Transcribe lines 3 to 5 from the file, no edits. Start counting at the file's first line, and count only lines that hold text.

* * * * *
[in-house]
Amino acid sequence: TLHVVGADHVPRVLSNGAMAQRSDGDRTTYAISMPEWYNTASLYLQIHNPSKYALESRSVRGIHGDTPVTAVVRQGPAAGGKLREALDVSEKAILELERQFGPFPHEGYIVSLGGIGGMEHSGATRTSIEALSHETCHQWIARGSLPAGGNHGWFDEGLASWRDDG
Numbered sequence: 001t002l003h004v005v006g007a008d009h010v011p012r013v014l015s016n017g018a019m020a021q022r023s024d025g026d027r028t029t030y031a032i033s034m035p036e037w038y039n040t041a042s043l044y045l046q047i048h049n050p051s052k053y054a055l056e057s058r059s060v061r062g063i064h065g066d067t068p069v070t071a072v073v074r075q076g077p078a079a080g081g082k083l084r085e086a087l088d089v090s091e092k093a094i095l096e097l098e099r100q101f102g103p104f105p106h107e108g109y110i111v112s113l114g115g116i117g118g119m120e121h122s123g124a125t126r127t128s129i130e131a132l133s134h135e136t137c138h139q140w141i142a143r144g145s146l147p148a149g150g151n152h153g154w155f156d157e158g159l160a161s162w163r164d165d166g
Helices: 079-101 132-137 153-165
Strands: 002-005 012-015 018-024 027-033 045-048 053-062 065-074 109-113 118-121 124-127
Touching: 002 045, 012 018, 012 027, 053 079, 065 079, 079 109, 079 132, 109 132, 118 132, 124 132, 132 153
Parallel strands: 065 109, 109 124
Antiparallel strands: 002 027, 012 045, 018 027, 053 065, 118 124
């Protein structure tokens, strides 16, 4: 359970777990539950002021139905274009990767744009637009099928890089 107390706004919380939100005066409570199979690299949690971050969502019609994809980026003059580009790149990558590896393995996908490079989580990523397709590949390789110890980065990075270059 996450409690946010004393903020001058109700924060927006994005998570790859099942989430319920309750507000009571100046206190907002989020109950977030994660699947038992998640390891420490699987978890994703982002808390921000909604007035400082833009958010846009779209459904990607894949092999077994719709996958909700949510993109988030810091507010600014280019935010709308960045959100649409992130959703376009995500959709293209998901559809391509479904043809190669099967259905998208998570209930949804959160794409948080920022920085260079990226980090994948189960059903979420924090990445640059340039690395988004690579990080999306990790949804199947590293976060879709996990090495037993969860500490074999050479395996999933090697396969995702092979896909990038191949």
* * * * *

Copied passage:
Numbered sequence: 001t002l003h004v005v006g007a008d009h010v011p012r013v014l015s016n017g018a019m020a021q022r023s024d025g026d027r028t029t030y031a032i033s034m035p036e037w038y039n040t041a042s043l044y045l046q047i048h049n050p051s052k053y054a055l056e057s058r059s060v061r062g063i064h065g066d067t068p069v070t071a072v073v074r075q076g077p078a079a080g081g082k083l084r085e086a087l088d089v090s091e092k093a094i095l096e097l098e099r100q101f102g103p104f105p106h107e108g109y110i111v112s113l114g115g116i117g118g119m120e121h122s123g124a125t126r127t128s129i130e131a132l133s134h135e136t137c138h139q140w141i142a143r144g145s146l147p148a149g150g151n152h153g154w155f156d157e158g159l160a161s162w163r164d165d166g
Helices: 079-101 132-137 153-165
Strands: 002-005 012-015 018-024 027-033 045-048 053-062 065-074 109-113 118-121 124-127